Audio Roundup 2019:45

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by Joel Rich

Anyone aware of any women who do not do mlacha after shkia during the period between Pesach and Shavuot? Men? (see S”A O”C 493:4)

The chavot yair (252) was asked by a talmid chacham (TC) about the following circumstances: The TC’s cousin vowed to provide the TC with weekly wine for Kiddush. The TC would rather use his own wine as he doesn’t want to have a freebie with which to do a mitzvah (see Samuel 2.24:24) He fears however it would be stealing to use the provided wine as the cousin would not have given it to him if he knew he wasn’t using it for Kiddush.
The chavot yair provides a detailed analysis of whether such a condition is truly binding [the whole less than 100% free and clear sale topic is an interesting one – is it not a sale if the condition isn’t met or is there a separate obligation] What caught my eye however was his endorsement of the TC’s preference to pay for his own kiddush even if the wine wasn’t as good! It’s not based on the passage from Samuel [I suspect since that case was a purchase from a non-ben brit) but rather because “tfei hiddur v’dikduk mitzvah havi im koneh ladavar mkiso dlo havi msitca d’chinam dmistra milta yesh lanu od rayah mhazohar” it’s more of a beautification and scrupulousness in mitzvoth if he buys it himself so it’s not free and even though this is clearly logical, we have a proof from the zohar.] My question is why is this so clearly logical? The usual “hiddur” is in the mitzvah itself, which in this case would be accomplished with the better donated wine. In addition, the TC would now have funds to secure additional mitzvoth (e.g. tzedaka).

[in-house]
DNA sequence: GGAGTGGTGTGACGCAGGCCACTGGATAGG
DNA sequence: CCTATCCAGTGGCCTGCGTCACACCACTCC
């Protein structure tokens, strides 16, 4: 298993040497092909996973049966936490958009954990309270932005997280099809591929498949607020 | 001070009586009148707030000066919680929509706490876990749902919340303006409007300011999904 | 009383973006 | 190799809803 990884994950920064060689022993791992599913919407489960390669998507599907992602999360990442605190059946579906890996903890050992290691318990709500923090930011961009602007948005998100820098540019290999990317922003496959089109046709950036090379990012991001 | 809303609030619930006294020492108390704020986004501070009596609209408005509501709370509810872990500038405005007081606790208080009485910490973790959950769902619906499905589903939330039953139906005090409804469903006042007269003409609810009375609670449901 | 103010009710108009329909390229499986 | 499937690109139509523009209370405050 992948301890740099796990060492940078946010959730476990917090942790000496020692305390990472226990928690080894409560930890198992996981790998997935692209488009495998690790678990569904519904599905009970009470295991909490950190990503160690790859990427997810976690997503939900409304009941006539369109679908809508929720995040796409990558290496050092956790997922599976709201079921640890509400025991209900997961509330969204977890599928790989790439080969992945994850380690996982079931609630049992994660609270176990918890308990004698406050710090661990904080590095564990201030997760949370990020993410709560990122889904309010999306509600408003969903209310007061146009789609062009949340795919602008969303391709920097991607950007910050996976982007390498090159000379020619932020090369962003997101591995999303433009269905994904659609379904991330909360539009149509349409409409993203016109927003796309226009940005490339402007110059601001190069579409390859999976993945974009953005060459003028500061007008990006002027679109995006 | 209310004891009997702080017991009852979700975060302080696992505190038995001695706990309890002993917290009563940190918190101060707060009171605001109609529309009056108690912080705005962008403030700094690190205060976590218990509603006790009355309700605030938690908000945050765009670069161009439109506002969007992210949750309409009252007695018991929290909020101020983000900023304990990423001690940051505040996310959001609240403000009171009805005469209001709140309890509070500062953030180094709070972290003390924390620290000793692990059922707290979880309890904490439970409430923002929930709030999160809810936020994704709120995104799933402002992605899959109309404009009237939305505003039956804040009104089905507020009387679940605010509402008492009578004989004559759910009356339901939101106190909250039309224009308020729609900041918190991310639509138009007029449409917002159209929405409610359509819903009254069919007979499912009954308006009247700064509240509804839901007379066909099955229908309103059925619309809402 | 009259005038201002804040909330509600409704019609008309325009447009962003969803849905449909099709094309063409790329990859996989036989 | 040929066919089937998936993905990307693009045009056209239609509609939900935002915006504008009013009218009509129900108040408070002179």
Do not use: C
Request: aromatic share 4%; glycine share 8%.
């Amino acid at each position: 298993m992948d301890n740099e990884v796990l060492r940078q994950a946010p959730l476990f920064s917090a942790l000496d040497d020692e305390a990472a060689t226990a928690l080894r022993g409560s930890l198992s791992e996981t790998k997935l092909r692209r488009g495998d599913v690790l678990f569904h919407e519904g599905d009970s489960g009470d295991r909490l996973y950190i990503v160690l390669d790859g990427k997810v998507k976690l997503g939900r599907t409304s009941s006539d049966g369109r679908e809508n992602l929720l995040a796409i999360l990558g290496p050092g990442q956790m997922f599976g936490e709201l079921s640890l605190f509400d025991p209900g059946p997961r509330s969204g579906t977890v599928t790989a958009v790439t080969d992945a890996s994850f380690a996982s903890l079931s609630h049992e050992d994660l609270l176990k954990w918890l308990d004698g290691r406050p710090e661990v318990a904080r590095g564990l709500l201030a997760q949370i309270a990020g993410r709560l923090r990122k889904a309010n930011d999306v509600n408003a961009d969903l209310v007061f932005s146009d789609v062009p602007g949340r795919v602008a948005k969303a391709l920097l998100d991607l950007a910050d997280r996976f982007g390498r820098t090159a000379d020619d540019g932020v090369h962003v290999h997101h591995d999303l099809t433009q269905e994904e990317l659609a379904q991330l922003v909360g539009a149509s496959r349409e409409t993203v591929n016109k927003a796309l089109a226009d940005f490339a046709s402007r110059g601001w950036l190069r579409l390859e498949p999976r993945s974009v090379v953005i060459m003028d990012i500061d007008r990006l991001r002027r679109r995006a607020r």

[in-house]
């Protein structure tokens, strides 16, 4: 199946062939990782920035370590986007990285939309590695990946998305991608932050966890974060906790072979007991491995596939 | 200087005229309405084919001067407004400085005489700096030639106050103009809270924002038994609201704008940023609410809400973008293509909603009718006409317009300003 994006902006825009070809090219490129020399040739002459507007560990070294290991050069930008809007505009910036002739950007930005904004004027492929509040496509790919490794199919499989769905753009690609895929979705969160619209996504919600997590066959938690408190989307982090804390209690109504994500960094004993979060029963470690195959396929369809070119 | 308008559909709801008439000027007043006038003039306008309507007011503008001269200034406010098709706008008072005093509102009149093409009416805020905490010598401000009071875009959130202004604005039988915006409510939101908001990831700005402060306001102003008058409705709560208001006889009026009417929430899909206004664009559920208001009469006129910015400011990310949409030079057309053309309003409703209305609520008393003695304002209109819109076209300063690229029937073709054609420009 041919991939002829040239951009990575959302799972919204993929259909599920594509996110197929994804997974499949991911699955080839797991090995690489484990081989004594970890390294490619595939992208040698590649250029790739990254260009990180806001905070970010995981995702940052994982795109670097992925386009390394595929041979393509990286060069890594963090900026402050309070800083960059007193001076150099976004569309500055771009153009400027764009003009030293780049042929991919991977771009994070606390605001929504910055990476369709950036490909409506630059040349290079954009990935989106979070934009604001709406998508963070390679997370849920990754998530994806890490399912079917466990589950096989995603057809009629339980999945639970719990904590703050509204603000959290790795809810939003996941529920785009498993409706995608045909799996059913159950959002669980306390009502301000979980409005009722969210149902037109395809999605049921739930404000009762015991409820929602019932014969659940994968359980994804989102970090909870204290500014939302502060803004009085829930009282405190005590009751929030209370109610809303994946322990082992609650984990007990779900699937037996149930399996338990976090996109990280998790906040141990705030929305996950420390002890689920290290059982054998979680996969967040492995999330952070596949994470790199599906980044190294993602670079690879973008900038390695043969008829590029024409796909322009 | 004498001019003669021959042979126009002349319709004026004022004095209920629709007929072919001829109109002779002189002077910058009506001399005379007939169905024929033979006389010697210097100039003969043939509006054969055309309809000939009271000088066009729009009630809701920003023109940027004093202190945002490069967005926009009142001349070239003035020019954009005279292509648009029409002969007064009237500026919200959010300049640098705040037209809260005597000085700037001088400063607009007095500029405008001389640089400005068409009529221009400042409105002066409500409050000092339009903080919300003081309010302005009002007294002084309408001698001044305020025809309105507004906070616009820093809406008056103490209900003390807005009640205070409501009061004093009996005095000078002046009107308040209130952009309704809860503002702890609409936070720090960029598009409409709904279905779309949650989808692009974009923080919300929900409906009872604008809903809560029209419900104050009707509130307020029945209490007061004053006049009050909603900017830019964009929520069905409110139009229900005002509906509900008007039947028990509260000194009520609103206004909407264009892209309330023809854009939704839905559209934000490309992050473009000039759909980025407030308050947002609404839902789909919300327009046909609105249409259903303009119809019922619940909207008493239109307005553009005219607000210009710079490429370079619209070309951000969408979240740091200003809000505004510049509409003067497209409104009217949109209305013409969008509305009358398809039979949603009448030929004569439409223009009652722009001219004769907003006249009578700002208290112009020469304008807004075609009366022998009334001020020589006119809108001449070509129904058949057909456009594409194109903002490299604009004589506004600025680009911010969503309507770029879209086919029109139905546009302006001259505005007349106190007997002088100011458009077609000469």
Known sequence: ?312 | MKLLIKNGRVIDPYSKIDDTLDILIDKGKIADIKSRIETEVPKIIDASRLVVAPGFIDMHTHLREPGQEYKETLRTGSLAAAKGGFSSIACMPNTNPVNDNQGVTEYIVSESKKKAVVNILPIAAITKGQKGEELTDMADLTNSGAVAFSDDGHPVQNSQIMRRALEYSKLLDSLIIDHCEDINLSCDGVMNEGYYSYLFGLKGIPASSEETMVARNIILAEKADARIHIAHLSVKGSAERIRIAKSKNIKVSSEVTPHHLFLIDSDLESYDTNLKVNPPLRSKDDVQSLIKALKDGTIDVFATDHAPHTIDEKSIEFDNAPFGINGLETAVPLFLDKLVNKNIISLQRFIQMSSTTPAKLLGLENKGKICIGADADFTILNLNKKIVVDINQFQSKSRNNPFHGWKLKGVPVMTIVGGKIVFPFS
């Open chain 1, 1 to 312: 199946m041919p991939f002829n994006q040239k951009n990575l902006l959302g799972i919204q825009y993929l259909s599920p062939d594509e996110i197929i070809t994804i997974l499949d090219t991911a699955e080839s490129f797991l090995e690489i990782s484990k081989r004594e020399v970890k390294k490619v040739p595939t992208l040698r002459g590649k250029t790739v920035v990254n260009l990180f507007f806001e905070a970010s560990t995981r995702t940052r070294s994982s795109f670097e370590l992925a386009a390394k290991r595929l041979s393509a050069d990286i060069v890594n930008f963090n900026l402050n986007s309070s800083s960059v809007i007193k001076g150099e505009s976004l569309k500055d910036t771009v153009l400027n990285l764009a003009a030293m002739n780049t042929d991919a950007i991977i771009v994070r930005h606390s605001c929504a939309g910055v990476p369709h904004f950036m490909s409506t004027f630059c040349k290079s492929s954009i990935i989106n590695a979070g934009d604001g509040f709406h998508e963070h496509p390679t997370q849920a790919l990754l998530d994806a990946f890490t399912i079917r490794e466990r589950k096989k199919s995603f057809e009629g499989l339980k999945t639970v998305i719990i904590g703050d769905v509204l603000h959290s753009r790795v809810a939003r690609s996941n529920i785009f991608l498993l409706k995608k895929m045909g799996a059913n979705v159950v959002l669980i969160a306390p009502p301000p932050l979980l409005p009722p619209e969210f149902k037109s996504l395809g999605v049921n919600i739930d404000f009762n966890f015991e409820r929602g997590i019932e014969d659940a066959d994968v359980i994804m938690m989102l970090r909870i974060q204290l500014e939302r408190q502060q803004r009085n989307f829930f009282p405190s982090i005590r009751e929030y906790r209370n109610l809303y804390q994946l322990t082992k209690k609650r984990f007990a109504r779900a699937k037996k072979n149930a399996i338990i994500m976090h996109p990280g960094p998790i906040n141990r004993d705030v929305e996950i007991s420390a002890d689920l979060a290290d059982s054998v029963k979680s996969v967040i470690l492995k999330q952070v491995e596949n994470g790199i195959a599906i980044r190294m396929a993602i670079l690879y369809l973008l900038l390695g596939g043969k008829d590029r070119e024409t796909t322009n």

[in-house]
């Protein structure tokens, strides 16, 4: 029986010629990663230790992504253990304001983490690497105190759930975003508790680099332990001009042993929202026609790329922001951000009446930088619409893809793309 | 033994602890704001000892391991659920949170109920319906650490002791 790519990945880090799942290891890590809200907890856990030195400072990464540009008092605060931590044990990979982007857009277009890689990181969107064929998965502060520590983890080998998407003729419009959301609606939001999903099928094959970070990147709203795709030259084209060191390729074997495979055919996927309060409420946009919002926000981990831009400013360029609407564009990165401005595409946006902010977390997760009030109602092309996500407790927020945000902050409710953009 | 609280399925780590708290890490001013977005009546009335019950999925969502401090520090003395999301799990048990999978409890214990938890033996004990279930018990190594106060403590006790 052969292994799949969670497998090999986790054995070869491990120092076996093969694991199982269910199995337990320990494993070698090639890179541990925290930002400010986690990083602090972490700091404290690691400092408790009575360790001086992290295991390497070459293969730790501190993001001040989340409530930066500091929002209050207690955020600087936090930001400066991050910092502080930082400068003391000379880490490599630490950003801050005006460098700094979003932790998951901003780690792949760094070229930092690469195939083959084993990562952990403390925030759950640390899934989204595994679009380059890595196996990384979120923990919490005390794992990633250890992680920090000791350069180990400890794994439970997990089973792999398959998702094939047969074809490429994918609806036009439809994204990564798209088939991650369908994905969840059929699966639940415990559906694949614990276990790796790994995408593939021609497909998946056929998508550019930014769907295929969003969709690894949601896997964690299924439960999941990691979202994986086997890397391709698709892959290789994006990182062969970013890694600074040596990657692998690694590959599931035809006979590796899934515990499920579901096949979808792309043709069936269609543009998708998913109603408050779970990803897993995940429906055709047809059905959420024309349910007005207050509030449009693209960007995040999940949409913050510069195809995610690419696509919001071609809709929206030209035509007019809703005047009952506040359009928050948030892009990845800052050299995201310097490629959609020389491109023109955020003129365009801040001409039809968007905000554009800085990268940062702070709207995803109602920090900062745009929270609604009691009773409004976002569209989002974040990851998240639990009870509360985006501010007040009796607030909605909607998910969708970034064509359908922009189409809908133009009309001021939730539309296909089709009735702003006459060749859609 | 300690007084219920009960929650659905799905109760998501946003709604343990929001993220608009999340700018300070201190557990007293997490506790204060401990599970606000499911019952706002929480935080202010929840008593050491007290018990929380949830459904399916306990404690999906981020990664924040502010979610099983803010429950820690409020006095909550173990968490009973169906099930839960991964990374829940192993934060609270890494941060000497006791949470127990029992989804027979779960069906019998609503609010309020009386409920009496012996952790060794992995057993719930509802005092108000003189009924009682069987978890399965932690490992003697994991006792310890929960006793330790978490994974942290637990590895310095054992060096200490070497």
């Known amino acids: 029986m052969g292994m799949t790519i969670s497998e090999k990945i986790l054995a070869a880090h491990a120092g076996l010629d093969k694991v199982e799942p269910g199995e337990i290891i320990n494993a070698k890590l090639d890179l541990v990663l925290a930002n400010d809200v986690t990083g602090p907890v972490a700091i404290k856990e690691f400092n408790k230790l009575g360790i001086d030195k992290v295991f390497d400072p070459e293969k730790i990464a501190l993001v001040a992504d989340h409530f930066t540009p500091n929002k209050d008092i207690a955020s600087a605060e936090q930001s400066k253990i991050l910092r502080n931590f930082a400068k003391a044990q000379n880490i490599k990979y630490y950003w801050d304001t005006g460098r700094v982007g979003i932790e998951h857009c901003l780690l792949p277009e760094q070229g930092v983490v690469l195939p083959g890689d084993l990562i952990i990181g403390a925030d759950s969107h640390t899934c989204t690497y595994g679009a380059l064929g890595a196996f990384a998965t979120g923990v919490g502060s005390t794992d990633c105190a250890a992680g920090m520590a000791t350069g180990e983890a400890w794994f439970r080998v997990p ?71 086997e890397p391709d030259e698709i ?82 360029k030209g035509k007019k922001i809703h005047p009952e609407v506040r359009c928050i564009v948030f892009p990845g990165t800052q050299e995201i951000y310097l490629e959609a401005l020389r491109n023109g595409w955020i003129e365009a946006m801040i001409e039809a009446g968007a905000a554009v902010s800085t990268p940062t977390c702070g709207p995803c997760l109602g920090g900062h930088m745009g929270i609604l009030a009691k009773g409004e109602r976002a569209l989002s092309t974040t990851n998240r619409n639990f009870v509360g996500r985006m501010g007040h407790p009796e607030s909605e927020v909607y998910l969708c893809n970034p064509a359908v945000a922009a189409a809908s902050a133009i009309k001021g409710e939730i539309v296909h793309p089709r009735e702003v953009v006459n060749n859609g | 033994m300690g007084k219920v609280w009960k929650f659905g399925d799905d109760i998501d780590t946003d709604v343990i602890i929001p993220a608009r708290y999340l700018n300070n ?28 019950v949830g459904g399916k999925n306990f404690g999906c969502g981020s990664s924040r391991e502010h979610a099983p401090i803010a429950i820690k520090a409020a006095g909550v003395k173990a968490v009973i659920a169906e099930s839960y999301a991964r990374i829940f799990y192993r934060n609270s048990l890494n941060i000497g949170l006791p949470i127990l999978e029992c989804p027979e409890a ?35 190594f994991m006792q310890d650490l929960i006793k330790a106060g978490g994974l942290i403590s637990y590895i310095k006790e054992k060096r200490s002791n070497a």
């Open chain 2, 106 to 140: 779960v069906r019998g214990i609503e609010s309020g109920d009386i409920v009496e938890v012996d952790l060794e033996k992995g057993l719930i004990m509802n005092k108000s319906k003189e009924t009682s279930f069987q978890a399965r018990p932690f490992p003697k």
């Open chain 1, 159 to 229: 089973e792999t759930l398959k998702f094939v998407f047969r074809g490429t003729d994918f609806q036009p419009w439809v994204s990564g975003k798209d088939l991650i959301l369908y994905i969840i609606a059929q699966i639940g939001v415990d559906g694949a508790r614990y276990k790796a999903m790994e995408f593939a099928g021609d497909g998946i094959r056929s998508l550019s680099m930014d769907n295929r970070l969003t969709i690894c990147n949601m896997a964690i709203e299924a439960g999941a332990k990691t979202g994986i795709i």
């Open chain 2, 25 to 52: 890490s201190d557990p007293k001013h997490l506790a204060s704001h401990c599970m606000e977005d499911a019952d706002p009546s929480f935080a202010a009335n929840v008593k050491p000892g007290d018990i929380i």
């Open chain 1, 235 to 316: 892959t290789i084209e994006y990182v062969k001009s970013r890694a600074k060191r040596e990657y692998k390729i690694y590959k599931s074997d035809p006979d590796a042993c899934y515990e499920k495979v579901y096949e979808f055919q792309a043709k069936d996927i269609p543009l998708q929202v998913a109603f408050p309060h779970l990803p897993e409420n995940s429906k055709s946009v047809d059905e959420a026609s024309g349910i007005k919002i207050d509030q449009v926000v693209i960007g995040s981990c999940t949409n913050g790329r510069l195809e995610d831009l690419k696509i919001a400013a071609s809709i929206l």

My meta guess would’ve been soneih matanot yichyeh (it’s better not to take gifts) but that would require not taking the donated wine at all – which didn’t seem up for grabs. Any thoughts other than behavioral economics? (we value our own things more).

Please direct any informal comments to [email protected].

About Joel Rich

Joel Rich is a frequent local lecturer on various Torah topics in West Orange, NJ and supports his Torah listening habits by working as a consulting actuary.

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